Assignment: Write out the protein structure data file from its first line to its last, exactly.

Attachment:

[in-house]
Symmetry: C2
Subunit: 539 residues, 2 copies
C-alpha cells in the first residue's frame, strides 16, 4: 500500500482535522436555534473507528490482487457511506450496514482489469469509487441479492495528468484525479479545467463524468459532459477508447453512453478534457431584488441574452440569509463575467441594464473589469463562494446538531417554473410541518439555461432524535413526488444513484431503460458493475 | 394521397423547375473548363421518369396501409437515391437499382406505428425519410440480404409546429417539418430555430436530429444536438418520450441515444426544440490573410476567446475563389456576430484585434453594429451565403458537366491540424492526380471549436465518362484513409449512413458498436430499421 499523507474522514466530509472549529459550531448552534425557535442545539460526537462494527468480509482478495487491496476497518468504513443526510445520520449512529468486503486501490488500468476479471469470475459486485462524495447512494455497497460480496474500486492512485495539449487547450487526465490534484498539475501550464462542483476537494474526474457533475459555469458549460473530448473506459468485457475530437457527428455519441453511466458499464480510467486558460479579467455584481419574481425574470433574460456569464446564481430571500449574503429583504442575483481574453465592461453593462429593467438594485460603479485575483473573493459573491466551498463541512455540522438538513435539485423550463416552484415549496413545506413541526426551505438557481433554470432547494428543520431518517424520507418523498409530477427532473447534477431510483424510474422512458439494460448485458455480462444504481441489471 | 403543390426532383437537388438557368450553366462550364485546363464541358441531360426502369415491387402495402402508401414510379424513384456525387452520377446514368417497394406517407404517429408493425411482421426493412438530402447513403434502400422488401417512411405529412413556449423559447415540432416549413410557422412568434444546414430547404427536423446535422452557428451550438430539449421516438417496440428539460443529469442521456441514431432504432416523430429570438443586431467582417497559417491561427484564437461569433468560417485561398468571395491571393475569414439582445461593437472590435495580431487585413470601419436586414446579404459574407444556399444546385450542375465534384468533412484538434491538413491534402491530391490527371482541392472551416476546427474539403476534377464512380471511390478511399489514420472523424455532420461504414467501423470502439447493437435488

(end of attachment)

[in-house]
Symmetry: C2
Subunit: 539 residues, 2 copies
C-alpha cells in the first residue's frame, strides 16, 4: 500500500482535522436555534473507528490482487457511506450496514482489469469509487441479492495528468484525479479545467463524468459532459477508447453512453478534457431584488441574452440569509463575467441594464473589469463562494446538531417554473410541518439555461432524535413526488444513484431503460458493475 | 394521397423547375473548363421518369396501409437515391437499382406505428425519410440480404409546429417539418430555430436530429444536438418520450441515444426544440490573410476567446475563389456576430484585434453594429451565403458537366491540424492526380471549436465518362484513409449512413458498436430499421 499523507474522514466530509472549529459550531448552534425557535442545539460526537462494527468480509482478495487491496476497518468504513443526510445520520449512529468486503486501490488500468476479471469470475459486485462524495447512494455497497460480496474500486492512485495539449487547450487526465490534484498539475501550464462542483476537494474526474457533475459555469458549460473530448473506459468485457475530437457527428455519441453511466458499464480510467486558460479579467455584481419574481425574470433574460456569464446564481430571500449574503429583504442575483481574453465592461453593462429593467438594485460603479485575483473573493459573491466551498463541512455540522438538513435539485423550463416552484415549496413545506413541526426551505438557481433554470432547494428543520431518517424520507418523498409530477427532473447534477431510483424510474422512458439494460448485458455480462444504481441489471 | 403543390426532383437537388438557368450553366462550364485546363464541358441531360426502369415491387402495402402508401414510379424513384456525387452520377446514368417497394406517407404517429408493425411482421426493412438530402447513403434502400422488401417512411405529412413556449423559447415540432416549413410557422412568434444546414430547404427536423446535422452557428451550438430539449421516438417496440428539460443529469442521456441514431432504432416523430429570438443586431467582417497559417491561427484564437461569433468560417485561398468571395491571393475569414439582445461593437472590435495580431487585413470601419436586414446579404459574407444556399444546385450542375465534384468533412484538434491538413491534402491530391490527371482541392472551416476546427474539403476534377464512380471511390478511399489514420472523424455532420461504414467501423470502439447493437435488